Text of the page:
I make all the food, and as everyone should have at least one gift for Christmas, everyone who comes gets a little brown paper goodie bag. My daughter handles the wish basket where people write out their wishes for the coming year. They say whether or not these wishes can be shared later in the evening and they’re always anonymous. Sometimes we sing, mostly we just laugh and enjoy each other. This big extended family is precious to me.

Next to Christmas with family and friends, Halloween is my favorite.

Do you have any traditions that you follow?

Well we do cut our own tree. That was hard for me initially but I began to look at tree farms as open space habitat and the tree itself like a rose. They’re grown to be cut and in the interim between planting and growing large enough to make an appealing Christmas tree, they provide shelter and seeds. The goal for our family is to find an old bird’s nest for luck. If we find one in a tree, it doesn’t matter of the tree is perfect or homely. That’ll be the one for us. More than once we’ve decorated a Christmas bush or Christmas telephone post. Occasionally we’ll get a tree that looks the part. 🙂

Ok so now onto the book…

DREAMSCAPE is a book with a ghost hero, what prompted you to write about that?

I have a poet friend, a penpal, and he and I were exchanging emails one day and got on the subject of the impossible scenario. I remembered the old black and white movie The Ghost and Mrs. Muir. Now there was an impossible love story. I thought I could make that work. I like writing challenges of that sort.

Can you tell us a bit about the book?

I’ll give you the blurb. Blurbs are so hard to write and this one sums up the story perfectly:

Unable to deny his own translucence, Dr. Jason Bowen determines his lack of physical substance could only mean one thing—he’s a ghost. Murdered more than a century before, Jason haunts his house and ponders the treachery that took his life. When Lanie O’Keefe arrives with plans to renovate her newly purchased Victorian mansion, Jason discovers, ghost or not, he’s still very much a man. Despite its derelict condition and haunted reputation, Lanie couldn’t be happier with her new home, but then she has no idea a spirit follows her every move throughout the day and shares her captivating warmth at night. Jason soon discovers he can travel through Lanie’s dreams and finds himself reliving the days before his murder with Lanie by his side. It took one hundred and twenty years for love to find them, but there’s that insurmountable little matter of Jason being dead.

Is this a series and if so, how many books are you planning?

No, Dreamscape is a story that ends with the last chapter. My next story coming soon is a two-book tale.

Where did the character and plot ideas come from for this book?

I’m one of those write by the seat of my pants authors. I literally start writing and the characters come in from the sidelines and tell me who they are. Lanie, the modern woman is a doctor on a mission to rehab an old Victorian property into a living space for her and the old coach house into free clinic. Jason Bowen is also a doctor of the Victorian era. They had a lot in common but were separated by death.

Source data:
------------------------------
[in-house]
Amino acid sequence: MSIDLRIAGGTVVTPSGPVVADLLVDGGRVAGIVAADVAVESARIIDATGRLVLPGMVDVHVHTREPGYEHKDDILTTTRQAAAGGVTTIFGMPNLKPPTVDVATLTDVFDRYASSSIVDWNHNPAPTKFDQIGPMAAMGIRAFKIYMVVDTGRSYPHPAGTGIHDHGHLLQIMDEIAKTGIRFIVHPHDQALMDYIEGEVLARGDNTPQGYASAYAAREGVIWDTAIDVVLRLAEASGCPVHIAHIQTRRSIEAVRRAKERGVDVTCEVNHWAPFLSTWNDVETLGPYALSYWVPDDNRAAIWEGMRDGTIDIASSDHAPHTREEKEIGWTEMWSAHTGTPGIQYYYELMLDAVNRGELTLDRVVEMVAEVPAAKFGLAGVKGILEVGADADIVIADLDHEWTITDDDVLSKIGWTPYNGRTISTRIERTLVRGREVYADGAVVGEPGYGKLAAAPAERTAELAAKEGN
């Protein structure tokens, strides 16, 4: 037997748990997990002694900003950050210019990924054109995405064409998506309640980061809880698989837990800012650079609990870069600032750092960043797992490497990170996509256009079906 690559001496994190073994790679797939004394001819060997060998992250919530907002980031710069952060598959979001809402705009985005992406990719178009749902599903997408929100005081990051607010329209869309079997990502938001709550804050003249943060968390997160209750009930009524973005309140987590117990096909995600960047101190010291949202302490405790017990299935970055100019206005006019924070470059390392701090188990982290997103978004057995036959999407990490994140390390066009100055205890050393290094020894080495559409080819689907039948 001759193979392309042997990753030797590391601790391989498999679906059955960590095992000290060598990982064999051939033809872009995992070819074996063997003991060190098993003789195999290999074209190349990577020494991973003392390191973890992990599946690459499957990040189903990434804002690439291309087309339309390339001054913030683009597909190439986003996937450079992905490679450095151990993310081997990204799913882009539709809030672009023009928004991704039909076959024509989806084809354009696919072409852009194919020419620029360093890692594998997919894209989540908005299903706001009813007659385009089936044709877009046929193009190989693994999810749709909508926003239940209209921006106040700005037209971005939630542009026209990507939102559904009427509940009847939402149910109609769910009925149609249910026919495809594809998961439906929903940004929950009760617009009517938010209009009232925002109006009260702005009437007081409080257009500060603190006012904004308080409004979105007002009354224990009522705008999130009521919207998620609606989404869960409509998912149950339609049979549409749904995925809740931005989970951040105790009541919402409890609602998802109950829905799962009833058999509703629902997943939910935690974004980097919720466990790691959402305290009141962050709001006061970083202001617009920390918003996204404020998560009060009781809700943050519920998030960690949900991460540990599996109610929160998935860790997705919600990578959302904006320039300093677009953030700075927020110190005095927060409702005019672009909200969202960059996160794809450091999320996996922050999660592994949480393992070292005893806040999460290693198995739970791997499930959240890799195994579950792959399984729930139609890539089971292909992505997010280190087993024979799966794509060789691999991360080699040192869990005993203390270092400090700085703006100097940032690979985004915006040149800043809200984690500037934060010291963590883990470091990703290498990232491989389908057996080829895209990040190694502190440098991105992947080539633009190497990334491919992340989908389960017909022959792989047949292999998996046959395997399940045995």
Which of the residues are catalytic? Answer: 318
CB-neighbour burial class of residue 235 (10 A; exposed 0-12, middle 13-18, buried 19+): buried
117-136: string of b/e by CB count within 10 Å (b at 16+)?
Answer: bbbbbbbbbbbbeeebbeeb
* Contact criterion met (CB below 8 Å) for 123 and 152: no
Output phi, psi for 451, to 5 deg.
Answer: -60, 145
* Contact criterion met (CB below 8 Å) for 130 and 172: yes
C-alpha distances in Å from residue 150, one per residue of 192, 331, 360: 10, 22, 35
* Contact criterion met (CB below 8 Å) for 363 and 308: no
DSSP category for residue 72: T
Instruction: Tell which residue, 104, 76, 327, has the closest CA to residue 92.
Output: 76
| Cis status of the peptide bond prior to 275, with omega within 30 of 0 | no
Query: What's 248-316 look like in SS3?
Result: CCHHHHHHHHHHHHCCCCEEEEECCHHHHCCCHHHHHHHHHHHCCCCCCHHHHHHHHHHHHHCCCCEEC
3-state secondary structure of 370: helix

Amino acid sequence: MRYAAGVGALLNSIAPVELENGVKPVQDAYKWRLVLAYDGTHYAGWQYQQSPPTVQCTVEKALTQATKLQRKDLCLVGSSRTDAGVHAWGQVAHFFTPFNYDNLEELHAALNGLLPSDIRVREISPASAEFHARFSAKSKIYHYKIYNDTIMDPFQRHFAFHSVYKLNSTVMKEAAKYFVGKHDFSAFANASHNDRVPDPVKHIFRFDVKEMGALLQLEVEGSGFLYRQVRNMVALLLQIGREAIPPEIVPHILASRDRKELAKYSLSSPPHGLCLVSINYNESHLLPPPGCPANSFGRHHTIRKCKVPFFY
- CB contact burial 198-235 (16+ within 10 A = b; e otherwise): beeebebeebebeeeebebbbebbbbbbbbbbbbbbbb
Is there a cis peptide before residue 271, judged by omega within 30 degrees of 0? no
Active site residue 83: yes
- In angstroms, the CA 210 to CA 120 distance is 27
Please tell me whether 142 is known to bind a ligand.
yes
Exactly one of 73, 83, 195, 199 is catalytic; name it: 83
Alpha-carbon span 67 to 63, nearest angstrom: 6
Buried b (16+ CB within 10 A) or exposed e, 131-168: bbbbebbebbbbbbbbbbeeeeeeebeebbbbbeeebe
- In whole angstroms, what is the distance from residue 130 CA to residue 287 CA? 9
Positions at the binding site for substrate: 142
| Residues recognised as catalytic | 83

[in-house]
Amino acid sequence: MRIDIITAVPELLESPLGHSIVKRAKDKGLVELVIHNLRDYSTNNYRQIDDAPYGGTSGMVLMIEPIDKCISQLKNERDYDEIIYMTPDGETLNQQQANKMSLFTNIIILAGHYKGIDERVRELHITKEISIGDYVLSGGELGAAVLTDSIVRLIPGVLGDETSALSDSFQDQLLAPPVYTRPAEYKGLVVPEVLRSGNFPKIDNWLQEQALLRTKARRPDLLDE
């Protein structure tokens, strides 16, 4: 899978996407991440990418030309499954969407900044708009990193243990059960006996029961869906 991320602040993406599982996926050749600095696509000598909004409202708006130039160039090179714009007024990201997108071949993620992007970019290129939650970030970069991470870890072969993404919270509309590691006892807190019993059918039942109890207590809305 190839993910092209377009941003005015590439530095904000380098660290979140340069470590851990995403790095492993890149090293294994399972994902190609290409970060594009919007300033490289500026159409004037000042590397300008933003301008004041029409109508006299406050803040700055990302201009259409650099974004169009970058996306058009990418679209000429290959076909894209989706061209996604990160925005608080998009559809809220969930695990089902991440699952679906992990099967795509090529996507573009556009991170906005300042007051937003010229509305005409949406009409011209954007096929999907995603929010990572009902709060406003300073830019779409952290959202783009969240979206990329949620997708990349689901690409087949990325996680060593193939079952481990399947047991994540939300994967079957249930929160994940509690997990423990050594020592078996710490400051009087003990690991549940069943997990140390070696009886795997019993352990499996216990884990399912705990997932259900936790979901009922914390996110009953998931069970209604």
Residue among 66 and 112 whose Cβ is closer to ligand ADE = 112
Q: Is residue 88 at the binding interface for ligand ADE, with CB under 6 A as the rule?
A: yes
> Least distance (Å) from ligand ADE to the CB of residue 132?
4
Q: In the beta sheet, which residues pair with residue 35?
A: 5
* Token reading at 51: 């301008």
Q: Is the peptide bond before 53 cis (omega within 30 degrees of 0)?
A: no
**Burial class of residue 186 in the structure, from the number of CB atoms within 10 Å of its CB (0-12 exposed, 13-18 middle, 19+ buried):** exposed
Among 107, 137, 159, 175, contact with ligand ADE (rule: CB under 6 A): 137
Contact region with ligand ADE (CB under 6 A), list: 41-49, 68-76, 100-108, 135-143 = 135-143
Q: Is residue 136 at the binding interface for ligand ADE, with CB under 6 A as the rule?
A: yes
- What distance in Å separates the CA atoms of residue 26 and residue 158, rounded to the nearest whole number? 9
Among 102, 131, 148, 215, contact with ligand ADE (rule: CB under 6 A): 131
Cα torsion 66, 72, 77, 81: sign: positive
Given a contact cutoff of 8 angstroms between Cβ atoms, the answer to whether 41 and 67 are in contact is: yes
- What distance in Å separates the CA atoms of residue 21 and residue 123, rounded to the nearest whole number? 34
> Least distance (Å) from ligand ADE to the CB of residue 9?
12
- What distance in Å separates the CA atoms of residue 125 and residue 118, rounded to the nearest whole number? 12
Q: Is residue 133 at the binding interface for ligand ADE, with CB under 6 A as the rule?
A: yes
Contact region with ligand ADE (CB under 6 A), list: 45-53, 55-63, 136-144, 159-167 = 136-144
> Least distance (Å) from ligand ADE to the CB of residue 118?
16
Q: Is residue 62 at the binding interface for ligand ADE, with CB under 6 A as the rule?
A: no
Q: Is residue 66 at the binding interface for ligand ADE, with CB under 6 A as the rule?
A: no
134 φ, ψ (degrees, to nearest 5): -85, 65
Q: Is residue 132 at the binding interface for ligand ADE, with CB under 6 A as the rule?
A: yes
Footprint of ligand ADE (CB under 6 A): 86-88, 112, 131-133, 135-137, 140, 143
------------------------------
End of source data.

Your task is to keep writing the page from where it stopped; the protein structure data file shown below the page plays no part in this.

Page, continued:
I started out just writing a love story along the lines of The Ghost and Mrs. Muir. But as I completed the second chapter, I realized my ghost didn’t know how he came to be a ghost. It was a mystery. I recalled that as a child I enjoyed reading Agatha Christie, and the idea for the rest of the plot just popped into my head. Dreamscape is a contemporary erotic romance but it’s also a ghost story, a murder, a mystery, a suspense, a time travel of sorts, and on top of all that, it’s a literary puzzle. Under Agatha’s influence, I decided I’d make it an Easter egg hunt for my readers. Going back to the first two chapters with that in mind, I inserted clues. I’ve laid out so many clues, a savvy reader could uncover the story running behind the scenes. Most readers who comment are blown away by the ending because they thought it was going one way, then they changed their mind and thought it would go another way. In the end, it goes Jason and Lanie’s way. And it’s a surprise! 🙂

What was your favorite part of this book, without spoiling it for your readers of course?

Jason has no recollection of his murder and not knowing has dogged him for one hundred and twenty years. Once he realizes he can ride Lanie’s dreams to his time period, he looks for every opportunity to do so. My favorite scene takes place in Jason’s past where he and Lanie overhear a conversation between his wife and her accomplices as they plot his death and their reasons for it.

Are you planning on continuing with more stories like this one?

I might write another literary puzzle one day, but I don’t see another ghost story on the horizon. For now I’m finishing book two of my shape shifter series. Then after that it’s back to my novel set on the Isle of Sky – I was nearly half-way into that one, but the shape shifter knocked hard on my imagination and demanded his story go first. And unless the Muse has other plans and gives me another story to write, I’ll finish my 4-year-in-the-making, 5-book, as yet unnamed Magnum Opus. In between, I’ll publish three childrens’ books. Whew. I’m busy!

Thank you so much for being on my blog today. It was a pleasure having you!!!

Thanks  again Leagh. I appreciate the time it took to come up with such interesting questions! Should anyone be interested in my books or in contacting me, I can be found just about anywhere these days. Here are several of my links. I’d love when people stop and say hi. 🙂

My blog:

My page at my publisher’s site: Siren-Bookstrand_RoseAnderson

My book trailers:  MusesWritingTablet

Yes I tweet, let’s be friends! @roseanderson_  (notice the _  at the end)

And we can be friends here too! Google+ Circles (I’m not on Facebook)

About ~RoseAnderson

Rose Anderson is an award-winning author and dilettante who loves great conversation and delights in discovering interesting things to weave into stories. Rose also writes under the pen name Madeline Archer.